What is truly unique about Van Kar is that it is doing more than just qualifying quality managers. That is the first step. It then looks more closely at the managers’ performance to gain an understanding of which market environments it does well in.
Van Kar requires managers to have a two-year track record and their overall performance to be positive. Once they eliminate managers without a long enough track record and those with negative performance, they are left with around 300 managers to analyze when the system kicks in. It separates those programs into 13 groups.
“It will find out what sort of market conditions is best suited for the next year for individual subgroups and then it will look at the individual CTAs within those subgroup,” van Essen says. The system also is trying to get a read on the markets in terms of what markets are good for certain kinds of CTAs. It runs cross-correlations among mangers to place them in certain buckets and tests for style drift. Using all these factors, every CTA every month will get a percentile rank from 0 to 100. The average hold time for a manager, once selected, is 18 months.
“The model will look at the markets they’re trading, the subgroup they are in, the correlations, their performance, then give it a ranking. It uses all the historical data to decide whether the CTA will do well in the next 12 months. After it produces all the rankings then we will take the top ranked ones and we will start screening out ones that have some issues,” van Essen says.
The final ranking is a combination of both the cycles of the subgroups managers fall into and individual managers. Van Essen says if a CTA looks like it is going to be in an up cycle but the market conditions for its particular group are pointing down, the model will neutralize the two. “If the market conditions say it is going to be an up and the cycles in its performance are indicating it is going to be an up, then it is a double bonus and it is going to be a high ranked CTA.”
Van Essen says the model did a good job in predicting the recent poor performance period for long-term trend followers but notes that period could be ending. “For us to see good performance in long-term trend followers, one of the indicators is volatility in the S&P 500. When volatility comes into the S&P, it seems to reverberate through to the long-term trend followers.”
The model learns how certain CTAs perform following certain market conditions and rates managers based on the current market conditions and on how they performed following similar periods. “What we are doing is looking at a number of factors and we create market condition zones. We know that certain zones are very good for certain CTAs and these zones would include things to do with interest rates, with stock indexes, with the movement of commodity prices and the way that they are all interacting together,” van Essen says. While van Essen notes volatility is a factor, he says the model is not trying to predict volatility. “It is trying to isolate conditions that will lead to profits in certain CTAs in the future,” he says, adding, “Right now what is going to effect the rankings is this bull market in the commodity indexes, and if the stock market starts rolling over and goes kaboom.”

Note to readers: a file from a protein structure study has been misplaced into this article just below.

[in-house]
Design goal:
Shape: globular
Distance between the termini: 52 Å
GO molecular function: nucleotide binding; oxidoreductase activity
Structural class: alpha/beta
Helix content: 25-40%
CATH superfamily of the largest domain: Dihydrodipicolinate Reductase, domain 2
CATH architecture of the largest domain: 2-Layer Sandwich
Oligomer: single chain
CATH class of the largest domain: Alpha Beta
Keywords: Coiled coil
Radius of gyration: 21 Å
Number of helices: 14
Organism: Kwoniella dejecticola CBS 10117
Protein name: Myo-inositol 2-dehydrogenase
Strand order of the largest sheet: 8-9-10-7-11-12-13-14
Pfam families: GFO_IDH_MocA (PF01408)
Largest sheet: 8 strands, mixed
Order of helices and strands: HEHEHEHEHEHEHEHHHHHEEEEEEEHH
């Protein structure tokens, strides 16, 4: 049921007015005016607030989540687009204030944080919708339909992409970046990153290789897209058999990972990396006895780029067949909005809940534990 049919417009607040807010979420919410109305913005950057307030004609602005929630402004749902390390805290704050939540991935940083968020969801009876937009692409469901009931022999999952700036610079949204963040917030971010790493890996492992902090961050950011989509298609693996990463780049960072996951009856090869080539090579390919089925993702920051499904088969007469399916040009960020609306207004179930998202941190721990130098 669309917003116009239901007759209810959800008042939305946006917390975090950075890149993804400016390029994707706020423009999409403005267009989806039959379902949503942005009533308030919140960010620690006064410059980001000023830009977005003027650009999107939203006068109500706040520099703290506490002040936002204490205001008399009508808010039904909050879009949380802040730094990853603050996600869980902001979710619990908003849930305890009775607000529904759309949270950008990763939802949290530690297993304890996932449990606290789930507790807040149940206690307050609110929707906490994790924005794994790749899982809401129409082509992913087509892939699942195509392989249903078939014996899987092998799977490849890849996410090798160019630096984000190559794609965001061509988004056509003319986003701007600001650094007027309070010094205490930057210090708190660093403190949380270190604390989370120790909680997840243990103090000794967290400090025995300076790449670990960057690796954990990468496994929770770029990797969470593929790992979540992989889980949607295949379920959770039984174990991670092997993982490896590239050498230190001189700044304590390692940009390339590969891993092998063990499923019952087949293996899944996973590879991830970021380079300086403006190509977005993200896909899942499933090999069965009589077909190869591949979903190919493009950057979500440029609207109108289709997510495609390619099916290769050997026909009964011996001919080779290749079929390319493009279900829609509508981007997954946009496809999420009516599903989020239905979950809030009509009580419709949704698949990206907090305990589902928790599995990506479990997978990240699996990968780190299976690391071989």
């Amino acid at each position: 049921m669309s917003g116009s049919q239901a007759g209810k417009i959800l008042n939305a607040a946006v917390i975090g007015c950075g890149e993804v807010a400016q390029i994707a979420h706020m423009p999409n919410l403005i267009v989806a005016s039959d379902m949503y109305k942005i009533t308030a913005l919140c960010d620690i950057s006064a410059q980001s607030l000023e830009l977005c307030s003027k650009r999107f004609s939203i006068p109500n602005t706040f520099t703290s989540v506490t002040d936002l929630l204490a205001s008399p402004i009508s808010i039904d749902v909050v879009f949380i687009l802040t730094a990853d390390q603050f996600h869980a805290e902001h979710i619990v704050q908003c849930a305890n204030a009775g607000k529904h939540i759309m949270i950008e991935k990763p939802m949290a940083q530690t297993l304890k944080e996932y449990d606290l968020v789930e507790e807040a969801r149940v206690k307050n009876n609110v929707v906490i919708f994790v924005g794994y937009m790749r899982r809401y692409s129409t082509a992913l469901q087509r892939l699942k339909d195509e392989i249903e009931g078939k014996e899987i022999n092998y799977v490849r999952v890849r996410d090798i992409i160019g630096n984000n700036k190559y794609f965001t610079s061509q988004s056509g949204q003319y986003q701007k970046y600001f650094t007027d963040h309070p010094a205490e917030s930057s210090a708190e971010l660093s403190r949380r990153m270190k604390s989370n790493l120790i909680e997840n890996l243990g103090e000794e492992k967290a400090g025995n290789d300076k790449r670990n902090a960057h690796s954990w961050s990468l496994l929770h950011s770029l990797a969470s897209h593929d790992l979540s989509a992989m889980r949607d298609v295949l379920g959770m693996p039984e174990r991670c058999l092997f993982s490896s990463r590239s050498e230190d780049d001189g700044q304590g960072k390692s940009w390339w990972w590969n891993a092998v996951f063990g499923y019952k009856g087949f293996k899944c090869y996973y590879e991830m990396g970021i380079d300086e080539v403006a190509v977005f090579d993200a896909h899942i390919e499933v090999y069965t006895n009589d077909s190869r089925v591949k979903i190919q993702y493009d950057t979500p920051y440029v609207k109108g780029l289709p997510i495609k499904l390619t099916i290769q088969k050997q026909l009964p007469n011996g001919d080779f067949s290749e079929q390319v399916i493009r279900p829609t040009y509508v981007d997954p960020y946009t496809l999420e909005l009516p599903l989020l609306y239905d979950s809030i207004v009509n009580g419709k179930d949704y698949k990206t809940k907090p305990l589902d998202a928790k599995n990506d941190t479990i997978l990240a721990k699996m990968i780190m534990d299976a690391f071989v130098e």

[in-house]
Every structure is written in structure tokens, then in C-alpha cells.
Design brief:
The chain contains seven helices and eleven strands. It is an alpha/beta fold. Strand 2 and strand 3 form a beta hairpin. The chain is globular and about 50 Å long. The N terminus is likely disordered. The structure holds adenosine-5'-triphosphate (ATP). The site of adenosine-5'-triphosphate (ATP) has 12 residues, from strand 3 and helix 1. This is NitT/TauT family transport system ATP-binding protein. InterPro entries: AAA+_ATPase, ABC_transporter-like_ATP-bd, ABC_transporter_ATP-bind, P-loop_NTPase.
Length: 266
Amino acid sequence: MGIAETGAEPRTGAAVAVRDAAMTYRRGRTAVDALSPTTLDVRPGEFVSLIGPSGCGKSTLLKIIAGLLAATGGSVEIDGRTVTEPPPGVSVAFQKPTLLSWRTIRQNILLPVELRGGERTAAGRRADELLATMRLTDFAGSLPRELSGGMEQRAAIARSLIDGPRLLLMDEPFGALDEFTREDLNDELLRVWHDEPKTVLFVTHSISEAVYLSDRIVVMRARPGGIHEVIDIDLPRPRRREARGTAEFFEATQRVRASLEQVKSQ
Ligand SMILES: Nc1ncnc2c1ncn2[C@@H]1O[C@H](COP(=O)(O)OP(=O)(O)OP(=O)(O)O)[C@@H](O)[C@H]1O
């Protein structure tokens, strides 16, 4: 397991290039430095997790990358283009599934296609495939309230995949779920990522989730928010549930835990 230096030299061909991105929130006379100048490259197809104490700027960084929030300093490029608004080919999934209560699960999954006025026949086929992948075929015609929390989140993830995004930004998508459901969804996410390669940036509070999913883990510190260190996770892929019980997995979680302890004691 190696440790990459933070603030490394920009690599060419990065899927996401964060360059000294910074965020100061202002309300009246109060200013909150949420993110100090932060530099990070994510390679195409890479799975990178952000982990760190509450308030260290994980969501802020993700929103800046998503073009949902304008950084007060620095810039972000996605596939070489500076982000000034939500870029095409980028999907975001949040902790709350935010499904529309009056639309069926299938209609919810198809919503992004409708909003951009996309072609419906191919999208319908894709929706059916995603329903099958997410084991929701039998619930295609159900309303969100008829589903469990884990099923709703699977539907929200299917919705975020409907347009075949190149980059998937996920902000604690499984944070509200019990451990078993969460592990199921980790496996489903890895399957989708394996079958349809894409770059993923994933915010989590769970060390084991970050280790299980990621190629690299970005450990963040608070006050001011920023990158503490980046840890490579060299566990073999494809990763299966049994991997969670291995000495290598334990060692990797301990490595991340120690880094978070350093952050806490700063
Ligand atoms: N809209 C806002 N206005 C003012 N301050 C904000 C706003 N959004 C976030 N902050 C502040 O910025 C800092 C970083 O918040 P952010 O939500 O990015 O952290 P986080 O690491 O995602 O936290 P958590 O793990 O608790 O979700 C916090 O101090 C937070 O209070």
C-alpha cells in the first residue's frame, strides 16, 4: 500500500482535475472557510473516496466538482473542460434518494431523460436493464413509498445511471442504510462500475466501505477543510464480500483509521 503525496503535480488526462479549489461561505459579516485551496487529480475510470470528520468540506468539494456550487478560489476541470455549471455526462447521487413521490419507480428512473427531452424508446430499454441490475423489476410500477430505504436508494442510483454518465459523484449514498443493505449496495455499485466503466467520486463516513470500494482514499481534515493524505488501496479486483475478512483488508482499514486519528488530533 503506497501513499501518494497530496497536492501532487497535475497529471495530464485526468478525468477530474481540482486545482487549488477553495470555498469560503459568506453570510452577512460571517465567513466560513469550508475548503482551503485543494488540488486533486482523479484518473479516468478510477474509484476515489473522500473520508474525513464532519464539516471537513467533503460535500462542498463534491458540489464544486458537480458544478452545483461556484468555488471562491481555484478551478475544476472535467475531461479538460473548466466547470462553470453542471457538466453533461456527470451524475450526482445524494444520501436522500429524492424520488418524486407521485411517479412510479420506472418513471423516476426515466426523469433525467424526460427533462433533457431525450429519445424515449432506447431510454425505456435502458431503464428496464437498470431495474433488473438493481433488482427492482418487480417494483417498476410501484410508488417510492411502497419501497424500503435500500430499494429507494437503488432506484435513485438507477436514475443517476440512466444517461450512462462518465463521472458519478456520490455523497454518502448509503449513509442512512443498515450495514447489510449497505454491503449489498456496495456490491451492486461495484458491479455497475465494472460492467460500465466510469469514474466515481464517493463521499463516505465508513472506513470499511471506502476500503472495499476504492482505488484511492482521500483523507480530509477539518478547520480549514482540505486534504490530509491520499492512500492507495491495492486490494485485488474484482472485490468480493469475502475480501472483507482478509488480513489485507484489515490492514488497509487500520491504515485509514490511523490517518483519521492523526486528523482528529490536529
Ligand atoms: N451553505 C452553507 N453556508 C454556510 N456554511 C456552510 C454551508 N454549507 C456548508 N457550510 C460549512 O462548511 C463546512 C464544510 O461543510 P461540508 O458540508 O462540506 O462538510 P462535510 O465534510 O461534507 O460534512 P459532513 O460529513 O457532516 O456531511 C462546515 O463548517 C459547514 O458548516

They don’t want to create too many buckets because that could lead to curve fitting. “We create three key markets conditions and we create three zones for each market condition. We have found three things that have predictive value, so that gives us 27 potential zones that the market can be in.”
The important thing to remember with the model is that current performance doesn’t have much to do with selection; it is not trying to pick the hot manager. It is categorizing types of managers and types of market conditions, and based on its analysis predicts which types of managers perform well in periods following these market conditions. So a manager’s recent performance has little to do with his ranking. A hot manager might end up on the bottom of the list, van Essen says. “He has had his upswing in his performance, he has had his upswing in market conditions and he is ready to implode.”
The model has proven it can add value throughout a large group of qualified CTAs. And by moving in and out of allocations it has the potential to profit from allocating to more CTAs. Most managers will perform well throughout certain periods but many fewer of them will consistently perform well. If the model can capture the hot streaks of middle of the road CTAs and discard them before they are due for a fall, it will have a much larger universe to choose from. Jaffarian acknowledges this potential but has doubts. “If you can do that it would be phenomenally valuable. I have done a lot of research in that area and I have serious questions about the [viability] of that.”
Van Essen compares what he does to the difference between hedge funds and mutual funds. Mutual funds would invest in the recognized safe equities to hit certain marks where hedge funds attempt to add value. “That is what our current crop of managed futures funds are like. They try and do things nice and safe but they are really not adding value, in fact they are reducing value because of the double fee structure. That is what we want to do on the managed futures side. Something that is not being done now.”
Van Essen says they are not picking CTAs but managing a portfolio.
“We are trying to turn it into more of a science than a guessing game.”